Leu, D., Coiro, J., Knobel, M and Lankshear, C. (2007). The Handbook of New Literacies Research. Mahwah, NJ: Erlbaum.

    Knobel, M., Thomas, A., and Lankshear, C. (2007) Digital Literacies. New York: Peter Lang Publishing.

    The New Textpertise: Proficiency and Recognition in Writing Practices in the Age of Web 2.0

    This paper draws on recent research and scholarship from sociocultural studies of new literacies and learning (Gee 2003, 2004; Lankshear and Knobel 2003, 2006, 2007), sociology of the internet (Castells 2003; Gillmor 2004), sociolinguistics (Kress 2003), and the economics and sociology of knowledge cultures (Peters and Besley 2006; Lankshear, Peters and Knobel 2001) to theorize contemporary changes impacting the practices of writing. It argues that the social relations of production and mediation of texts and the linguistic range that texts of diverse kinds must traverse under conditions of escalating globalization challenge conventional norms of proficiency. Burgeoning affinity spaces (Gee 2004; Johnson 2005) privilege FAQs, guides, ‘walkthroughs’ and other DIY support mechanisms for writers undermine traditional models of expertise characteristic of ‘bookspace’ (Lankshear and Knobel 2006). So do emerging business approaches to problem solving and performance evaluation, like 'crowd sourcing' and 'ratings systems'. Web sites serving diverse language and discourse communities increasingly threaten conventional norms of generic correctness and stylistic competence. These and other similar trends have profound implications for institutionalized teaching and credentialing of writing and for preserving professional norms and status.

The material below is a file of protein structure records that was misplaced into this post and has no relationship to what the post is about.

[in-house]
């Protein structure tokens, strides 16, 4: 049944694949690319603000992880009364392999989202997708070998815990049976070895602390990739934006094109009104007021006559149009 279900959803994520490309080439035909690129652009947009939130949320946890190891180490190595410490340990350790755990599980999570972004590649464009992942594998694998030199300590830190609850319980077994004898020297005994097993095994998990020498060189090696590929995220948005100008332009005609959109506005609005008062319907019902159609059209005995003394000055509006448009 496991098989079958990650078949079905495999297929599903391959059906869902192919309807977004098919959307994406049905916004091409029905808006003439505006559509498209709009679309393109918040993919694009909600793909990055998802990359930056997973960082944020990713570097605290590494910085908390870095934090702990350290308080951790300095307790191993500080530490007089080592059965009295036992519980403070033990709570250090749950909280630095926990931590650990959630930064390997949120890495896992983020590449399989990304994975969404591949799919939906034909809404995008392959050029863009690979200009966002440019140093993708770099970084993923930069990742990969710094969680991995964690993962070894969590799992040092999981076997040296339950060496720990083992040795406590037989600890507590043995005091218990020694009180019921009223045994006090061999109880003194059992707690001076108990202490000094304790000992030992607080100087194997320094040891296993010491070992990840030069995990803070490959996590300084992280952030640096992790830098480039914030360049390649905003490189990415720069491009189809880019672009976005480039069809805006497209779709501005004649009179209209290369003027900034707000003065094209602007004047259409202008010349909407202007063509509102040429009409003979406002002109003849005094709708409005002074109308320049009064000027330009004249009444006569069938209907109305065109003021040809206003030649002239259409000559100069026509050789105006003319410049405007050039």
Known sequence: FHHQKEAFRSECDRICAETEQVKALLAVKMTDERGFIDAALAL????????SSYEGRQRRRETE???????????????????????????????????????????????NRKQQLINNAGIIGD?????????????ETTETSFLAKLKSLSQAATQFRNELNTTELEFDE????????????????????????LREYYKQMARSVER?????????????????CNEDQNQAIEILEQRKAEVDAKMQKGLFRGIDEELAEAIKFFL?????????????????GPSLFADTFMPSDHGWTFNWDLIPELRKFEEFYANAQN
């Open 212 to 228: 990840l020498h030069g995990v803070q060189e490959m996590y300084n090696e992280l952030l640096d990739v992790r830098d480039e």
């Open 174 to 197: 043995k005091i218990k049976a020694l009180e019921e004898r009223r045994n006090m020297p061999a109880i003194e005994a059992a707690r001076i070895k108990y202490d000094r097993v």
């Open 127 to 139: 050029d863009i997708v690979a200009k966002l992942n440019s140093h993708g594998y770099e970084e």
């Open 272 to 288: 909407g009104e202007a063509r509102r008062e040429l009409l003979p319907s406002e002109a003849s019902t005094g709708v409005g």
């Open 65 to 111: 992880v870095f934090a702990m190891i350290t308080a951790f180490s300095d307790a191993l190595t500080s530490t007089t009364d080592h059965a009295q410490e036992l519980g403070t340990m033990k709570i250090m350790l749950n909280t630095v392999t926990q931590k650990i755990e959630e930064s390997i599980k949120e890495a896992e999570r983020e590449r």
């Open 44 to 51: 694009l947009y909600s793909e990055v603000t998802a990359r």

References

    Castells, M. (2003). The Internet Galaxy: Reflections on the Internet, Business and Society. New York: Oxford University Press.

    Gee, J. (2003). What Video Games Have To Teach Us About Learning and Literacy. New York: Palgrave.

    Gee, J. (2004). Situated Language and Learning: A Critique of Traditional Schooling. London: Routledge.

    Gillmor, D. (2004). We the Media. Sebastopol, CA: O’Reilly Media Inc.

    Johnson, S. (2005). Everything Bad is Good For You: How Today's Popular Culture Is Actually Making Us Smarter. New York: Riverhead.

    Kress, G. (2003). Literacy in the New Media Age. London: Routledge.

    Lankshear, C. and Knobel, M. (2003). The ratings game: From eBay to Plastic. Chapter 6 of their New Literacies: Changing Knowledge and Classroom Learning. Buckingham and Philadelphia: Open University Press.

    Lankshear, C. and Knobel, M. (2006). New Literacies>: Everyday Practices and Classroom Learning. 2nd edition. Maidenhead and New York: Open University Press.

    Lankshear, C., Peters, M. and Knobel, M. (2001). Information, knowledge and learning: Some issues facing epistemology and education in a digital age. In M. Lea and Nicoll, K. (eds) Distributed Learning: Social and Cultural Approaches to Practice. London: Routledge.

     


© 2006 Association canadienne des professeurs de rédaction technique et scientifique
Dernière modification: 2007-04-02